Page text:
Deadlines Drive the Publishing Business
This week I sent several book contracts to authors after our publication board met and made decisions. It is exciting work to send these contracts to authors via email. Then I called them and congratulate them. My phone call is also to make sure they see the news of the Morgan James contract in their email.
The Morgan James contract isn't complicated and only four pages but it does include a deadline for the author to send their manuscript. Some authors are still in the process of writing their book and they get worried about meeting the deadline. If they express concern, we can lengthen the timeframe. The key reason for including the deadline is that many authors will never turn into their manuscript without a specific date.
Whether the area of the publishing business is magazine or book, deadlines drive many of our actions. This weekend I had a couple of magazine articles due for publications. I write for these publications on a regular basis. For each deadline, I set a “task” on my computer to remind me about the upcoming deadline. The reminder will get me to focus on the publication and what I've written for them in the past and to begin to spin some ideas about what I will write for this particular issue.
The bulk of my work during the day is focused on acquiring books for Morgan James. I'm emailing and talking with authors about their book projects. My writing assignments for these publications isn't something that I'm even thinking about—until the little reminder pops up on my screen to begin to work on it. The looming deadline drives me to write and produce the material.
If you meet your deadlines (even if self-imposed), then you will stand out as a writer. In general, many writers are notoriously late and miss their deadlines. As an acquisitions editor, I've frequently had writers call and ask for an extension on their deadline. Each time they have something that has interrupted their writing process. In fact, most publishers build some “fudge” room into their schedule to be able to give writers a few extra weeks—because it happens so often.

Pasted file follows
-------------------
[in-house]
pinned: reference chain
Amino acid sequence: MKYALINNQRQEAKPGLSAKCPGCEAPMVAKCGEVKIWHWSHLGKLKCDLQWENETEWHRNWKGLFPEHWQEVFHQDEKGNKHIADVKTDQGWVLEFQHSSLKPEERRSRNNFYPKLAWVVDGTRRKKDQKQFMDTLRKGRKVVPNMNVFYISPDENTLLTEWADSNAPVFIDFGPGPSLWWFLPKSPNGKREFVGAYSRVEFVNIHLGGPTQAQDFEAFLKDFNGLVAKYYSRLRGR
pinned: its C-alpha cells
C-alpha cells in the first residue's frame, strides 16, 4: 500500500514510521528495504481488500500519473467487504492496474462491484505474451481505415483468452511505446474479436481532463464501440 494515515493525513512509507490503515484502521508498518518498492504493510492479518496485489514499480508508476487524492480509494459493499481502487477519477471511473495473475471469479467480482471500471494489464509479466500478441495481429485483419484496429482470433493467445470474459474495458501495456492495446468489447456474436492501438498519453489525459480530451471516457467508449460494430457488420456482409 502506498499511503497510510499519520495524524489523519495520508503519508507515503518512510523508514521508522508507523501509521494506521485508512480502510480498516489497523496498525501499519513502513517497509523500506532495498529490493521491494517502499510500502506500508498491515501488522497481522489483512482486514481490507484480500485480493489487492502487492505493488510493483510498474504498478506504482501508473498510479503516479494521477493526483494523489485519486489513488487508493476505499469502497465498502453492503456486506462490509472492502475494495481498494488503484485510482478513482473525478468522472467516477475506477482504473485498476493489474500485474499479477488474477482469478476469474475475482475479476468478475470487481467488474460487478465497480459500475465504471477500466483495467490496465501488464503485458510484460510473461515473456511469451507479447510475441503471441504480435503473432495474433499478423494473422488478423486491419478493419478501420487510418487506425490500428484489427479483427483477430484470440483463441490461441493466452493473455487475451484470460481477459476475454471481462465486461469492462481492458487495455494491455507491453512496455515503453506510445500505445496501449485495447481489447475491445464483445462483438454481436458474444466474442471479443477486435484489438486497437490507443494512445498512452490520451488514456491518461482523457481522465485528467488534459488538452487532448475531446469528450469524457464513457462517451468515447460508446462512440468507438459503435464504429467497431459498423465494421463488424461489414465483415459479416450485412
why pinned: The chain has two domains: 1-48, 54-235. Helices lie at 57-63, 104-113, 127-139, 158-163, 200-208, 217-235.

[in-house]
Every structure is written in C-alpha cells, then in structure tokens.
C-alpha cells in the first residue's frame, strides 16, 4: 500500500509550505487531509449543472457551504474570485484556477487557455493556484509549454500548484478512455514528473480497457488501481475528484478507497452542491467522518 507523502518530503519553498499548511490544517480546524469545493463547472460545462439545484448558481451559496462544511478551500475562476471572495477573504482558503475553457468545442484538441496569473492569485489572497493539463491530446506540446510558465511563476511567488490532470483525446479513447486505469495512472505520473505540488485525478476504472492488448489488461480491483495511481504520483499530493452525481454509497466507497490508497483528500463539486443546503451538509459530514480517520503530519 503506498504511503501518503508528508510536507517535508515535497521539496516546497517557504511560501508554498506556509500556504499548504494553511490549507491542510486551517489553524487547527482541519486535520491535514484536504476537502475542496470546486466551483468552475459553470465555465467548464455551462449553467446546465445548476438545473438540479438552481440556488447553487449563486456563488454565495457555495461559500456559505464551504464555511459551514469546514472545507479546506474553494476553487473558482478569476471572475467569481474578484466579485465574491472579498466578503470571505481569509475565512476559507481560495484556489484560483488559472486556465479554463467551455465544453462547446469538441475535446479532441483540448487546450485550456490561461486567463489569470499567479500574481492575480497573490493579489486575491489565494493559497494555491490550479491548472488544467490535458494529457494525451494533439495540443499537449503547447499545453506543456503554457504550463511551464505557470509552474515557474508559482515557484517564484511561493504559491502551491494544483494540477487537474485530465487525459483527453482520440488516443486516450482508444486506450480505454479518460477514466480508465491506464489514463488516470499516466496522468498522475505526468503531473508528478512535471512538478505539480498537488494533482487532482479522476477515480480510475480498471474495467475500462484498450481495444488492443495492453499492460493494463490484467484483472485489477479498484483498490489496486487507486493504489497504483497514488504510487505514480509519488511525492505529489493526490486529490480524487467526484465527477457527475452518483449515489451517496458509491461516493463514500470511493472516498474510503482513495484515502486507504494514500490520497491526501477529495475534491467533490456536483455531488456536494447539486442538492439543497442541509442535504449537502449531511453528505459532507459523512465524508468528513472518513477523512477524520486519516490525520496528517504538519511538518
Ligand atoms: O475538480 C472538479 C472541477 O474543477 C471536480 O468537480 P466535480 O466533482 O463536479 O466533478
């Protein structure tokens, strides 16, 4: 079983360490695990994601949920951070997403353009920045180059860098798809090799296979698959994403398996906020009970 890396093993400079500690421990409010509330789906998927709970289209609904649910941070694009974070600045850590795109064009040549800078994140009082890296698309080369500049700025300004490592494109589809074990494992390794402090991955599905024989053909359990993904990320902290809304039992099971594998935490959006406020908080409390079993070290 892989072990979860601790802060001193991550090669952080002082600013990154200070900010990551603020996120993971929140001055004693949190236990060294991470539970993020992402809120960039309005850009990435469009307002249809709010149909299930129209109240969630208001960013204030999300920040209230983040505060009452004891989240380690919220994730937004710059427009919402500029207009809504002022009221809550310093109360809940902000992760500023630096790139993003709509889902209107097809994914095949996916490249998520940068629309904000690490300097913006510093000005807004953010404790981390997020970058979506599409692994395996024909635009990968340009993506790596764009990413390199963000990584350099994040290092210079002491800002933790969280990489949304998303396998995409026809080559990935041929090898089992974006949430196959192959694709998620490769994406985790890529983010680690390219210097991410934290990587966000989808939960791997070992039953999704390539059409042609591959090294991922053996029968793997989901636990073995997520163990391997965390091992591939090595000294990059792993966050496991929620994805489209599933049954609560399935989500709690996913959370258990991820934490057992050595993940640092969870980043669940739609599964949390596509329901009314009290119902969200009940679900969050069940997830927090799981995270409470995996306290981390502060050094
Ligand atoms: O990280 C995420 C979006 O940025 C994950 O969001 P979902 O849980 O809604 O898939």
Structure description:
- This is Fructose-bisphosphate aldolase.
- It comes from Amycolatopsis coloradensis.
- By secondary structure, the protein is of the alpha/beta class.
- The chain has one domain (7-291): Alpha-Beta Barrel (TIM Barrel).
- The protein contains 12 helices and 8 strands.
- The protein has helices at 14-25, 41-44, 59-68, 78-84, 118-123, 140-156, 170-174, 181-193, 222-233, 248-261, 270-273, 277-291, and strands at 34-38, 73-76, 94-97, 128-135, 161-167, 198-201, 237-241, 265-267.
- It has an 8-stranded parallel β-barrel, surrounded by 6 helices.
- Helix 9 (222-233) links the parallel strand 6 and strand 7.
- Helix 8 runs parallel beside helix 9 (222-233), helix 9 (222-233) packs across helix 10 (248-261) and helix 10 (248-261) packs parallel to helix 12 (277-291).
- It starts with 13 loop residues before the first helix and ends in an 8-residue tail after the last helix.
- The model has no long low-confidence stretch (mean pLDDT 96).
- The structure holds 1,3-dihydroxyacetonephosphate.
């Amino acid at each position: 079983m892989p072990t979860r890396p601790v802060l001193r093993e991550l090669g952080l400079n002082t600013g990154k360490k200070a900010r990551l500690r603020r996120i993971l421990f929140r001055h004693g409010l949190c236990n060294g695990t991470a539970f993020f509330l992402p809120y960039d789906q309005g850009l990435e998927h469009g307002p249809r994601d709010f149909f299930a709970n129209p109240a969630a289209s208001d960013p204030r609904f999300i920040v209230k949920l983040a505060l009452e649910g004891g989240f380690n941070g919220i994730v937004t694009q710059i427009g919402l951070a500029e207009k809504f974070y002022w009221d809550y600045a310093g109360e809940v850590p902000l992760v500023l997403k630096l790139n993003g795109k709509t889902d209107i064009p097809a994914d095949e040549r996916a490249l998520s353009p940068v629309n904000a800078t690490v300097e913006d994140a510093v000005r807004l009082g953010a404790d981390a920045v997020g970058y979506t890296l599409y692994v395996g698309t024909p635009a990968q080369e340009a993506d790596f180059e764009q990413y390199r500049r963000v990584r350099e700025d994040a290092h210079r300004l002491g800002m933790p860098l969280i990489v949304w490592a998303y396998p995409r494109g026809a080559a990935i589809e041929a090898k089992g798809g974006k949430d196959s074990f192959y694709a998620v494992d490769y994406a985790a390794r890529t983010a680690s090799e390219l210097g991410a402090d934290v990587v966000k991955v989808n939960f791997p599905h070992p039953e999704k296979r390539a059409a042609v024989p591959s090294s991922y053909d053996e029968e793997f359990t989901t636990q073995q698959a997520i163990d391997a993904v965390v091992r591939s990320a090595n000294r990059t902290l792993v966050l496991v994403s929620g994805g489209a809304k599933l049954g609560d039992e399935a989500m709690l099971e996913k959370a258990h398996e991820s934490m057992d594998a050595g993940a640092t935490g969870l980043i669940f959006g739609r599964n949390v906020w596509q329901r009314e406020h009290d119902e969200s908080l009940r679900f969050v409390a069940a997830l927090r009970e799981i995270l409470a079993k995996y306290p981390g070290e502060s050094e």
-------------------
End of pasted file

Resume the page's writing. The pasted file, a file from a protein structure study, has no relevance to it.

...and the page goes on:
While I tell you that fudge room is there, you don't want to be one of those writers who is always extending their deadline and not meeting the editor's expectations. Whether you realize it or not, with those extensions, you are sending the wrong signal to the editor. Editors are looking for writers who meet the deadlines with excellent writing. If you can meet their expectations, then you will be a writer that editor will want to give you additional contracts or assignments and work with over and over.
My deadline experience is rooted in my start in the newspaper business. For morning newspapers, we would write our stories, turn them in during the late afternoon or early evening and they would appear the next morning. For afternoon newspapers, we would have morning deadlines and the stories would be out in the late afternoon. There is no time for writer's block or stalling, you simply sit at the keyboard and pound out your story. The deadline is looming so you write.
Magazine journalism is slower than newspaper work and books are even slower and more methodical. As a writer, you have to set your own deadlines and then meet them successfully and repeatedly.
How do you handle deadlines and do you meet them successfully? Even if self-imposed and not from a publisher or editor, they can move you forward to accomplish your writing goals.